Monday, November 26, 2007
my house 4
This is was what it looked like in the final stages...and this is just to say that I haven't completely gone from the blogosphere and will be posting again soon! Apart from being very tired from what is one of the major upheavals you can make meatspace, I've found it really difficult to get a broadband connection. There's a message to Ofcom on the way, but how ridiculous that one provider can block your connectivity with another. They must be short-staffed at the telephone exchange! In the meantime I've been making a start on the book 'Web 2.0 for schools' which is a collaboration with Julia Davies. More about this one soon.
Tuesday, November 13, 2007
my house 1
Reading Benwell and Stokoe (see sidebar) is confirming my view that identity is constituted and performed through discursive practice. But I also want to extend this to the ways in which we express identity through consumption in order to acknowledge how we build social ties around the ways in which we consume, resist, parody and critique our consumption (another kind of discursive practice, perhaps). It’s not quite as simple as ‘we are what we consume’ it’s way more subtle than that; but neither are we the unthinking dupes of consumerism. More it’s how we consume, what we don’t consume, and what we throw away! This was brought home to me through frequent trips to recycling points and dumps as I sort through things in the run up to moving house!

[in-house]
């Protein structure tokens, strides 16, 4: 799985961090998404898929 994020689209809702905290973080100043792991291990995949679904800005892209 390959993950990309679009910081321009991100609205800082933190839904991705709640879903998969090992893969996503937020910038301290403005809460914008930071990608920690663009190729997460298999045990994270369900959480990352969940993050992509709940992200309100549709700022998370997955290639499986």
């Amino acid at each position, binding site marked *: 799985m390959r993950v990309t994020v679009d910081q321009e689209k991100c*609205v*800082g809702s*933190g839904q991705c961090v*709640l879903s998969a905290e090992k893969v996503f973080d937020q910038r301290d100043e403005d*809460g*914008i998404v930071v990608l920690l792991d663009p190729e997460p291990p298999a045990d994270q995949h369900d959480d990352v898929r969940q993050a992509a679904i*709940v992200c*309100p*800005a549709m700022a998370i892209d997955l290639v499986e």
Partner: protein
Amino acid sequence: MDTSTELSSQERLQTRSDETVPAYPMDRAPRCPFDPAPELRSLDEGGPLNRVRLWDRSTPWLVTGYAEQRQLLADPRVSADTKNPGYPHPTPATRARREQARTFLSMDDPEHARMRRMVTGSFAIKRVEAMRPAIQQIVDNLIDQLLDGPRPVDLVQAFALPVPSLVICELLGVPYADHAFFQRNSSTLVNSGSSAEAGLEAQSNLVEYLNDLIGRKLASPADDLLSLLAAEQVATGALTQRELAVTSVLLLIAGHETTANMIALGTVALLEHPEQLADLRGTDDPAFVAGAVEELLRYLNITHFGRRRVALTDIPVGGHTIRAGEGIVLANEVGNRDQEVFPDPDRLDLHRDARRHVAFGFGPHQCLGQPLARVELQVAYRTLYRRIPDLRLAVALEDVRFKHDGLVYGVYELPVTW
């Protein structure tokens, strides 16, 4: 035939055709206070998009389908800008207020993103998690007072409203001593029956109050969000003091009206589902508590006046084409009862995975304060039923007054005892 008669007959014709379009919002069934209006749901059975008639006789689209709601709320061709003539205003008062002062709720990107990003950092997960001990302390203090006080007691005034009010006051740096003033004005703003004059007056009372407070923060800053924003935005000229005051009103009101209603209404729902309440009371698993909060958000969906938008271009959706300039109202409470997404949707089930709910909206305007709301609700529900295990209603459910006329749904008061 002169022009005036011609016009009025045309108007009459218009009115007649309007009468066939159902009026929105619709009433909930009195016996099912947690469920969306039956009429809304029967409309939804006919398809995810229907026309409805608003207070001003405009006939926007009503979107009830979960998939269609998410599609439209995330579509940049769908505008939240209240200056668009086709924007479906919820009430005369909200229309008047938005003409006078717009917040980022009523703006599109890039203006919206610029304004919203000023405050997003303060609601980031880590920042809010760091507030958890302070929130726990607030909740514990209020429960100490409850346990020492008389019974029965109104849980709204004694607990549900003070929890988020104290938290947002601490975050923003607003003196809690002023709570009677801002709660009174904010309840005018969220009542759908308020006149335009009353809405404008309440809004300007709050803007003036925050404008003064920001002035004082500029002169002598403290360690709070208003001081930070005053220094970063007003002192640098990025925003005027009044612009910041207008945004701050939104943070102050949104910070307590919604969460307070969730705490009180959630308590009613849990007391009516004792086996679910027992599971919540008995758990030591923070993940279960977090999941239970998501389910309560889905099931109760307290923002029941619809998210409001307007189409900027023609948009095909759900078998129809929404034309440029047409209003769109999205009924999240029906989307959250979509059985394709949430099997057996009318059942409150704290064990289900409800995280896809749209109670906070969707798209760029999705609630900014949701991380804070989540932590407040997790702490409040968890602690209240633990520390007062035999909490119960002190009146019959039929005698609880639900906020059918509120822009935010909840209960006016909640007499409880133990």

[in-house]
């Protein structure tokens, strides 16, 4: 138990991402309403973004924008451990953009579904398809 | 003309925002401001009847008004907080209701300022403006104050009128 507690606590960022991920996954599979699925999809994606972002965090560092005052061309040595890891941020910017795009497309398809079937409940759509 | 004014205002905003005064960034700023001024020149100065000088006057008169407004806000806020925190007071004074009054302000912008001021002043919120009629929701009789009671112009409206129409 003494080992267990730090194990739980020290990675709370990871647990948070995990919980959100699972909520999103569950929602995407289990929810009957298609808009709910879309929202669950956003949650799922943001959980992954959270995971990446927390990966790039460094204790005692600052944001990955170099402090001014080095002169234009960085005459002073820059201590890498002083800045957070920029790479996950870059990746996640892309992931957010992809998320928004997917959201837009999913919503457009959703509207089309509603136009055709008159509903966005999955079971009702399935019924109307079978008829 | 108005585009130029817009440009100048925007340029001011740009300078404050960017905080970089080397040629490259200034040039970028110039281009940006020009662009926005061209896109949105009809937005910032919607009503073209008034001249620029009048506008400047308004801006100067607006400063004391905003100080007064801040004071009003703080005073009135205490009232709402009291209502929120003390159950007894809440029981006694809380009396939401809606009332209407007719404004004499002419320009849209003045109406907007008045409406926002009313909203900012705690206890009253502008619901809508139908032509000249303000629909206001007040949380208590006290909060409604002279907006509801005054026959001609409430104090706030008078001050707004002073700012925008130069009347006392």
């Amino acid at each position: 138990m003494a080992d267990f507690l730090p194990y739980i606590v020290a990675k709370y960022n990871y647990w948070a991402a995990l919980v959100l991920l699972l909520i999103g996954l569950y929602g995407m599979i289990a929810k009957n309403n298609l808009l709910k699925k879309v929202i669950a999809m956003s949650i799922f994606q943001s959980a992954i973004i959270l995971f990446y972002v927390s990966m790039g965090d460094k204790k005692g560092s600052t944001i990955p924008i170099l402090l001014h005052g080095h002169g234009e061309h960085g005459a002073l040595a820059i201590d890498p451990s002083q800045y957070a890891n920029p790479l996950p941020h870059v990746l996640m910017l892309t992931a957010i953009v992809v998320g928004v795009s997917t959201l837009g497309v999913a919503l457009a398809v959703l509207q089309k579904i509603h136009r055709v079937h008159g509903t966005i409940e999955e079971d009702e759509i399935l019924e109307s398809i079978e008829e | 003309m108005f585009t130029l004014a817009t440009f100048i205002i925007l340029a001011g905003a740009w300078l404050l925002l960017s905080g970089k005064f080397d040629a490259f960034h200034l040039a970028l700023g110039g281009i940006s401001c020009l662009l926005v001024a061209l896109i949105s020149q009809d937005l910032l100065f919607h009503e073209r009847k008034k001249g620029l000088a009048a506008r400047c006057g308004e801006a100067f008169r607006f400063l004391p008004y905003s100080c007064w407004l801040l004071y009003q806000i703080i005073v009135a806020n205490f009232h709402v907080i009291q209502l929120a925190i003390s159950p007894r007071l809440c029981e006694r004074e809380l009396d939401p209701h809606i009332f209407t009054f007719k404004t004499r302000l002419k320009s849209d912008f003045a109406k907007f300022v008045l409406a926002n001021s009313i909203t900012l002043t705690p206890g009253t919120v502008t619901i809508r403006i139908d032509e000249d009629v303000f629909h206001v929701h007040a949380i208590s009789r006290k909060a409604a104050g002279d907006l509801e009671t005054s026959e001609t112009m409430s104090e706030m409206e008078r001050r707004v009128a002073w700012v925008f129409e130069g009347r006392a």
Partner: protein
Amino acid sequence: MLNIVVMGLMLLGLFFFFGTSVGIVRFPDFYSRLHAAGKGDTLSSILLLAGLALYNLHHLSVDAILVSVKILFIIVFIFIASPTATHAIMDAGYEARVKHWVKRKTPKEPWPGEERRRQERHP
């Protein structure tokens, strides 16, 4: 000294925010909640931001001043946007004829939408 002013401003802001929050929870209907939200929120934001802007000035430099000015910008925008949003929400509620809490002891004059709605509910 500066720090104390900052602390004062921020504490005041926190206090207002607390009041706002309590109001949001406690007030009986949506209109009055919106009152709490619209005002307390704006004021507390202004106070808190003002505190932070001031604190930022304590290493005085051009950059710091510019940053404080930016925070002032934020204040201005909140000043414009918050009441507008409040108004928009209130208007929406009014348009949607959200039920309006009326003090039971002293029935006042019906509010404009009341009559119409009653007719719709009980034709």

Sunday, November 11, 2007
We’ve been experimenting again with blogs and wikis on our Masters course. Yesterday we had 14 students with little previous experience construct a wiki of about 30 interlinked pages with out-facing links and rich media in just under 60 mins! I noticed 2 things much more clearly this time. Firstly that, because the writing/thinking and contribution is much more open, the potential for collaboration is often in conflict with self-confidence and impression management (this is probably more the case for blogs than it is for wikis). Secondly and not unrelatedly, the digital writing involved tends to make identity work overt as students tell their own stories and colour these with details from their non-professional lives, hybridizing self-disclosure with critical reflection in new and interesting ways. Blogs and wikis as tools for online collaboration and learning are explored in this article in Language Learning and Technology. And here it is argued that: ‘There is a lot of emerging literature regarding the potential of blogs and wikis as learning spaces. The majority conclude that these social software tools can be a transformational technology for teaching and learning. Blogs and wikis are tools supporting a social constructivist theory of learning. Social constructivism, a variety of cognitive constructivism, contends that knowledge is actively created by social relationships and interactions, emphasising a collaborative model for learning.’ OK, we know that the real challenge is introducing them and working them into what we do in intelligent ways.
Friday, November 09, 2007